If I Passed Field Sobriety Tests, Why Was I Still Arrested?
Posted By Salvador Phillips, PLLC || Feb 2, 2017
At Salvador Phillips, PLLC, our Phoenix criminal defense attorneys have represented many clients who were charged with driving under the influence. While all cases are unique and concern their own set of facts and circumstances, we hear recurring concerns from clients that they passed field sobriety tests, but were still arrested. Often, they ask us if that means they have a valid defense against the charges they face.
The reality, in most cases, is that field sobriety tests carry a miniscule amount of weight or leverage in DUI cases. This is because Standardized Field Sobriety Tests, as well as a few other non-standardized sobriety tests, are generally considered unreliable sources of evidence. In fact, they are more likely to be used as tactics for police officers to gain extra time to determine if a driver may be under the influence and provide themselves with insurance that they can test and arrest drivers without violating their constitutional rights. As opposed to what officers want you to believe, they are also not mandatory. You have the right to politely decline field sobriety tests.
According to many legal experts, field sobriety tests are designed to make you fail. They are also susceptible to false interpretations when environmental factors are involved, or when you have a condition that prevents you from performing well on the tests, even if you are sober and not under the influence at all.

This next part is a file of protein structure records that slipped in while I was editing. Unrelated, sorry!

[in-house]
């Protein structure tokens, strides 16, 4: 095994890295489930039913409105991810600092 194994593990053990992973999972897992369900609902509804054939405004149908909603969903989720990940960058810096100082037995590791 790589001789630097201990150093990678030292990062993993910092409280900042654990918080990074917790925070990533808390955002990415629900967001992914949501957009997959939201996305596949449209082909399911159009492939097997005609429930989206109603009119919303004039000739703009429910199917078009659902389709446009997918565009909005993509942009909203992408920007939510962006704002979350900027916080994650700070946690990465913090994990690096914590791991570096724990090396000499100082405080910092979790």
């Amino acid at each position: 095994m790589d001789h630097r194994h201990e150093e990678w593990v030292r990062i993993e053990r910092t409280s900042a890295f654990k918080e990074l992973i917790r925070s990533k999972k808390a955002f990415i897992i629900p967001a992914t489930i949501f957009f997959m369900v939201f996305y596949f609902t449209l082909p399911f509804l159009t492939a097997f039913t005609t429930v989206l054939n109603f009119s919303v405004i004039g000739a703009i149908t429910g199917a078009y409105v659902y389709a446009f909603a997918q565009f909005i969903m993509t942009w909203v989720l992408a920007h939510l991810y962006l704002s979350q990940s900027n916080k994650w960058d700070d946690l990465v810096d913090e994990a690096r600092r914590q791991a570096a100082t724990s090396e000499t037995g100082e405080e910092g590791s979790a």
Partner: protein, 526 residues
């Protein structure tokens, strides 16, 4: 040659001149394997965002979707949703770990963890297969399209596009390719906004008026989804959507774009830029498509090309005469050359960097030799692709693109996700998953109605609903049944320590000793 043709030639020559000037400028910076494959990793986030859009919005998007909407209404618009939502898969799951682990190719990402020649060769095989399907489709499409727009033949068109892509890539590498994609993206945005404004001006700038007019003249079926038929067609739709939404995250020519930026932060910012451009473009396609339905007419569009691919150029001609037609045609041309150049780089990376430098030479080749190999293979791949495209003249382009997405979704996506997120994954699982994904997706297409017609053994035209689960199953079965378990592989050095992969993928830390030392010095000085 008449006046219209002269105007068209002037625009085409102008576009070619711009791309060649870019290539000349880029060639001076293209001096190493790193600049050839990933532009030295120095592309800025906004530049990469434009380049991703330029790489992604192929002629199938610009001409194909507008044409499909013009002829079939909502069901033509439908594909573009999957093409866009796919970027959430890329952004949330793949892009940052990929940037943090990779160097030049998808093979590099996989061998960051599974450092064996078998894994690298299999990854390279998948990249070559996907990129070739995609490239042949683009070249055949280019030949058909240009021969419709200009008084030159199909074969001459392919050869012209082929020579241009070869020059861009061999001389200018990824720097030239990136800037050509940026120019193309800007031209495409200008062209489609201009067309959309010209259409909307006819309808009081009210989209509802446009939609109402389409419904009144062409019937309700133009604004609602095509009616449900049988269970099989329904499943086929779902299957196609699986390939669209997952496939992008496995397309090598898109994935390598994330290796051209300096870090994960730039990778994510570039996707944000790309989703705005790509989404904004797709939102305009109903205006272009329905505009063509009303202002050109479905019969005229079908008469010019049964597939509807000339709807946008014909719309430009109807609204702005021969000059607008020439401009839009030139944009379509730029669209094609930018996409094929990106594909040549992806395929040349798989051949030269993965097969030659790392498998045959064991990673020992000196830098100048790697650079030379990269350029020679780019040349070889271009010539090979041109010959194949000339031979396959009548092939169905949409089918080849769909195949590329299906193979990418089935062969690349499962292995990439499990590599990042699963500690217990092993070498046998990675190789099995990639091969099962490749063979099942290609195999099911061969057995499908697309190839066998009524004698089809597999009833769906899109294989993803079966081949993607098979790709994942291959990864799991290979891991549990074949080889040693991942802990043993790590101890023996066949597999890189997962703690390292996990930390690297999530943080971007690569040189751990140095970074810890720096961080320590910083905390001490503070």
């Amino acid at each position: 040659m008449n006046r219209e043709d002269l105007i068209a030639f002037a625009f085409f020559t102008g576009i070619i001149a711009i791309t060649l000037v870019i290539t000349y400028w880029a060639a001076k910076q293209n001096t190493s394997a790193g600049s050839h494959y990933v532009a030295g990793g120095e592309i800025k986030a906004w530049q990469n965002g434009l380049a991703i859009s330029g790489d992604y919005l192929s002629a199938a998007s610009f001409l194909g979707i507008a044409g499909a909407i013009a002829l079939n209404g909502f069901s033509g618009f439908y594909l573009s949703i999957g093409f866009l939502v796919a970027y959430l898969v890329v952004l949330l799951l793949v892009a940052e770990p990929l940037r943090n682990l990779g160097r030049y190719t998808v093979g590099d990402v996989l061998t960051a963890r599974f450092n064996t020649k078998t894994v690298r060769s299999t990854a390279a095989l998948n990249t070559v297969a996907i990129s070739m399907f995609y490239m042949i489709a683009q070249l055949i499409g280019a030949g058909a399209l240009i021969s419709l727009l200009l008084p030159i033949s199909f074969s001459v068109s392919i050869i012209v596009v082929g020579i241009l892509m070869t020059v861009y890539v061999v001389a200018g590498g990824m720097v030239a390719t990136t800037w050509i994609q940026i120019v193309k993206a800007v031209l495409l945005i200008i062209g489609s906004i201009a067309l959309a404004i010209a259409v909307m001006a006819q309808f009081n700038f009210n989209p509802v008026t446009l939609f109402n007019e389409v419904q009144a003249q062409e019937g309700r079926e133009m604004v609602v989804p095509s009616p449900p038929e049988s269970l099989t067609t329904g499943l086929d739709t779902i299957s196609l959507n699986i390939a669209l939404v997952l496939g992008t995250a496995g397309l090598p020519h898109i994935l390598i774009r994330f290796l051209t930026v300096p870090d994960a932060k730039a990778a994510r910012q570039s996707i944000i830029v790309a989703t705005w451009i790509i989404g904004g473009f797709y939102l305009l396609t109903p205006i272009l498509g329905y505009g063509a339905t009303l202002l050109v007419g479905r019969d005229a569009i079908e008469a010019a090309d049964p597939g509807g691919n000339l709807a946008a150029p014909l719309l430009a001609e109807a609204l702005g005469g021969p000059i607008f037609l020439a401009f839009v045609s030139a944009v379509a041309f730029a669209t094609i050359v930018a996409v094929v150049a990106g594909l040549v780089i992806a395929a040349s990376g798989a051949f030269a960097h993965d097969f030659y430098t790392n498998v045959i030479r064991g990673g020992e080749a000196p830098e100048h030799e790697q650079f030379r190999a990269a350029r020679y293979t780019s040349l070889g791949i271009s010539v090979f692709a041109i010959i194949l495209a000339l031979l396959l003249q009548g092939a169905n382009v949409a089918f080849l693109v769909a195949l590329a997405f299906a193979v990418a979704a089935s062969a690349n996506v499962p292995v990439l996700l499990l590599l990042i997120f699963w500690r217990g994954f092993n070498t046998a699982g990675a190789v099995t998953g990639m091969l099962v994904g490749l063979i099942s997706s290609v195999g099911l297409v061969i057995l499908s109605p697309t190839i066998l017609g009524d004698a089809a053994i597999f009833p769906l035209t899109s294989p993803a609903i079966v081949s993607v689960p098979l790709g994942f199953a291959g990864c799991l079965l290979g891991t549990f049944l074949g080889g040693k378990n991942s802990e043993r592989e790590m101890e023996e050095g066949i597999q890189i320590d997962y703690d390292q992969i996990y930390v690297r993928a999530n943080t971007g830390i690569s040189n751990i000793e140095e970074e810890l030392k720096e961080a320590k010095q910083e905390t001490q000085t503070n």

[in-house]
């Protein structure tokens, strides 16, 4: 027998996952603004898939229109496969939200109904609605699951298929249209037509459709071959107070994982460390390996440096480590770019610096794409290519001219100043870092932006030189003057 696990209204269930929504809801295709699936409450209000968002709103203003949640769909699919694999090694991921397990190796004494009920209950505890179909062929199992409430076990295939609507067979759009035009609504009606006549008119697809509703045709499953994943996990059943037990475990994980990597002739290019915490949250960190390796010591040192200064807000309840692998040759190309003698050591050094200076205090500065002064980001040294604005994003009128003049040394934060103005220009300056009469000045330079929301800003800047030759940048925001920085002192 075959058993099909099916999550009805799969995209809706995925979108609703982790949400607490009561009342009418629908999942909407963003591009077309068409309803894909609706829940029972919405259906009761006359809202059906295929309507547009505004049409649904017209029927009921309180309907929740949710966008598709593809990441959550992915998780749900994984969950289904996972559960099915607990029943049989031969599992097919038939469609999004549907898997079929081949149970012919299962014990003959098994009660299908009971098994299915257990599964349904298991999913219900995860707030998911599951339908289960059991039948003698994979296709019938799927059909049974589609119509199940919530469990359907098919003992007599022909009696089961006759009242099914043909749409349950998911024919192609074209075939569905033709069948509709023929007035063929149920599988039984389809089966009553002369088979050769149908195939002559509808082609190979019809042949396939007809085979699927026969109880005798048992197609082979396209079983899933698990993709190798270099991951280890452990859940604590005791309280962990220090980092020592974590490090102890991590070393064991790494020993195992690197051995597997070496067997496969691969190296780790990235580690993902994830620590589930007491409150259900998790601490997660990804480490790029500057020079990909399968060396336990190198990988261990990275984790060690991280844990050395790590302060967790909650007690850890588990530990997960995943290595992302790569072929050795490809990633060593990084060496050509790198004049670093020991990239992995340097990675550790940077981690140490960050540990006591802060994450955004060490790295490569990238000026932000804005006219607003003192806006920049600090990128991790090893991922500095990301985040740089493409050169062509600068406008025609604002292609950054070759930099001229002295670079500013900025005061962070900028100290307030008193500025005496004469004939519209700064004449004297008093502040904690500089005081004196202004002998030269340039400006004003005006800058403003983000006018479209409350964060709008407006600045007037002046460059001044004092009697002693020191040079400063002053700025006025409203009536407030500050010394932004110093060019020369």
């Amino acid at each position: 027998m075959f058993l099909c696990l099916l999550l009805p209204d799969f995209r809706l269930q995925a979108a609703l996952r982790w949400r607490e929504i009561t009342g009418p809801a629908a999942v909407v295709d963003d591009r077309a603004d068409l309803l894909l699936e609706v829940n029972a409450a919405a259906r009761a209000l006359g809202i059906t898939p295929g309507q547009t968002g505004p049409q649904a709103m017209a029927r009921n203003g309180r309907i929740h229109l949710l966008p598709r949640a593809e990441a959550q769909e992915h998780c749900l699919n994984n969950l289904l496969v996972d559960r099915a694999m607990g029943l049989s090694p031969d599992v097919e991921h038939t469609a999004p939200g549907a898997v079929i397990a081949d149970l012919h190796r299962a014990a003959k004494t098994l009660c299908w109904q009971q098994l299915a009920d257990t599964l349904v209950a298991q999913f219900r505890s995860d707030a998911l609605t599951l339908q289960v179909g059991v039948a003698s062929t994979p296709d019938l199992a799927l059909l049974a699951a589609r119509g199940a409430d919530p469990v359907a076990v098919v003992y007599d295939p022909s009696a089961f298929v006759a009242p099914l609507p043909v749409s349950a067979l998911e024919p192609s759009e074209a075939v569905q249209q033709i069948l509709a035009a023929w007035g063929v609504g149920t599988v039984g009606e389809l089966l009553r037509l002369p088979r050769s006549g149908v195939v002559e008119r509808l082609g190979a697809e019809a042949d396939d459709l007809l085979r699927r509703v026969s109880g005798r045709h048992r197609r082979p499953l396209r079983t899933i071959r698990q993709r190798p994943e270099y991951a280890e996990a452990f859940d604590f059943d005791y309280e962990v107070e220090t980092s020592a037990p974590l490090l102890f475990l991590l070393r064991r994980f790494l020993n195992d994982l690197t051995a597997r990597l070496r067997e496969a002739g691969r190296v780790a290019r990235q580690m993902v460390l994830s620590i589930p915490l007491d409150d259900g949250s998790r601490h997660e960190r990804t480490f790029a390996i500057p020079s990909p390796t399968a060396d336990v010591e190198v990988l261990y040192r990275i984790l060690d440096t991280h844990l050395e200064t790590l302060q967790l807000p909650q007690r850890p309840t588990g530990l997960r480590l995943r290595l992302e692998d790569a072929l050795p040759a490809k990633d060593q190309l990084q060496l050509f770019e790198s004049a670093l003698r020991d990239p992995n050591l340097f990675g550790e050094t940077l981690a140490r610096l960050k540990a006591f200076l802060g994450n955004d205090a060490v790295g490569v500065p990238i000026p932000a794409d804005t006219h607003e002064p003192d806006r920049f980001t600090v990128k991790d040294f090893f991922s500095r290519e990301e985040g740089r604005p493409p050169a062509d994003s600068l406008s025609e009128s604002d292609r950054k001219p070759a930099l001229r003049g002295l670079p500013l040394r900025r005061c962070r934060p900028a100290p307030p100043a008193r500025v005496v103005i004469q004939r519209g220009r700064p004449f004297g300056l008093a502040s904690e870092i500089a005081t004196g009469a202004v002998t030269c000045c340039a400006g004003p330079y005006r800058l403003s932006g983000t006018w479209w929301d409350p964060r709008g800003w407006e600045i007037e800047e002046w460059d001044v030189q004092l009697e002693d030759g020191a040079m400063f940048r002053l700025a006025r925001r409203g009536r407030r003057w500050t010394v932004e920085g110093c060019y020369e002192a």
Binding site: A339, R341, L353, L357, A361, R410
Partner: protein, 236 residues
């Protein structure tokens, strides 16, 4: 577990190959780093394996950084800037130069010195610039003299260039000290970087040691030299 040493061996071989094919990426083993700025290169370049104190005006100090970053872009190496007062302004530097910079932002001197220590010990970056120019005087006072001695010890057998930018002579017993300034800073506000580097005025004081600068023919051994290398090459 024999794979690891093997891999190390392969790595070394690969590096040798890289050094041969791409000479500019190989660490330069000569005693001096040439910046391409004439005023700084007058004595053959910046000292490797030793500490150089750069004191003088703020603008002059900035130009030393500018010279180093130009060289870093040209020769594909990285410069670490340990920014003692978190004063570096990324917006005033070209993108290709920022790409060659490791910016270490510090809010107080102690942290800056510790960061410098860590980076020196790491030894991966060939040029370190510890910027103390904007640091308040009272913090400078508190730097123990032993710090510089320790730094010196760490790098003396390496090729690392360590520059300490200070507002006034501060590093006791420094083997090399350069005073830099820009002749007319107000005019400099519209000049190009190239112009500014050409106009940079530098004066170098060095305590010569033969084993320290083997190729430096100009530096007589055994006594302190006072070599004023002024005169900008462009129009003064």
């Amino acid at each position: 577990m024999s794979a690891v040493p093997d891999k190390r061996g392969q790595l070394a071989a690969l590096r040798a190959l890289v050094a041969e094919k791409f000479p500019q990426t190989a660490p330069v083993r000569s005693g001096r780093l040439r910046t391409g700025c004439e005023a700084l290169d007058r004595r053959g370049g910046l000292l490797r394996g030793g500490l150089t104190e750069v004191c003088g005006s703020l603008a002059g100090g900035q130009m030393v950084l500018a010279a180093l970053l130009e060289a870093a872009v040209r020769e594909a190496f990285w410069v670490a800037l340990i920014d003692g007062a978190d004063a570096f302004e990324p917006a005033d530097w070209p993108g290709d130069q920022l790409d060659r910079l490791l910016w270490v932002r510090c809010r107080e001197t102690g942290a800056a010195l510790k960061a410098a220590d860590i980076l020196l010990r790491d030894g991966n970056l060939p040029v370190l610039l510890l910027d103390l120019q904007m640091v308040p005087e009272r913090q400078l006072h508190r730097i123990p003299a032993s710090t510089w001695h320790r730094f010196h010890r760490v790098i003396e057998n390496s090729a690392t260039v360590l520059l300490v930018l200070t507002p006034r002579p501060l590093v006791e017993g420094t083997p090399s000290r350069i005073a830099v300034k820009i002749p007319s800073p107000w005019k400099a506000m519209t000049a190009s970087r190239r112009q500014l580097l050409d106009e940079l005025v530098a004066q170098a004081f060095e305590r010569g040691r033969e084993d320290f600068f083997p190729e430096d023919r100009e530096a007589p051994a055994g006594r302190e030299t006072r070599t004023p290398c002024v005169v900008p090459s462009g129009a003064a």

Our legal team generally advises clients to refuse field sobriety tests – which include the Horizontal Gaze Nystagmus (where the officer has you follow an object with your eyes), the walk and turn test (where you may also be asked to count off your steps), and the one leg stand (where you may also be asked to count as you balance on one leg).
These tests won’t help your case, even if you “pass.” If an arresting officer has sufficient probable cause to believe you are under the influence, they will ask you to take a field breath test, or transport you to the police station or local jail to have a chemical test performed. While you can refuse a roadside test without repercussions, you cannot refuse the secondary chemical test without an automatic suspension of your license, so it is generally recommended that you take this test.
Regardless of what transpired during your stop and arrest, you should remember that you have the legal right to challenge the facts prosecutors present against you during your case. By working with experienced attorneys, you also have the opportunity to investigate the actions of law enforcement when they chose to stop and investigate you to ensure they did so lawfully and that they did not infringe upon your right constitutional rights. If they did, it provides an excellent opportunity to have evidence against you dismissed, and it will make it exceedingly difficult for a prosecutor to prove beyond a reasonable doubt that you were driving under the influence.
Whether you passed, failed, or refused a field sobriety test, you can still be arrested for DUI and will have to defend yourself in court. Our legal team is prepared to do so on your behalf, and to represent you in administrative proceedings pertaining to your driving privileges. However, it is strongly advised that you reach out to our team as soon so possible after an arrest in order to meet deadlines for challenging license suspensions and maximize your chances of a successful outcome.
Salvador Phillips, PLLC is a proven Phoenix DUI defense firm that put clients first. Choosing to work with our team means choosing to work with seasoned criminal defense lawyers who understand the protocol required in stopping, arresting, and prosecuting individuals accused of DUI. We use this insight for the benefit of our clients when we fight for the best possible outcome.
Contact Salvador Phillips, PLLC today for a free and confidential assessment of your case.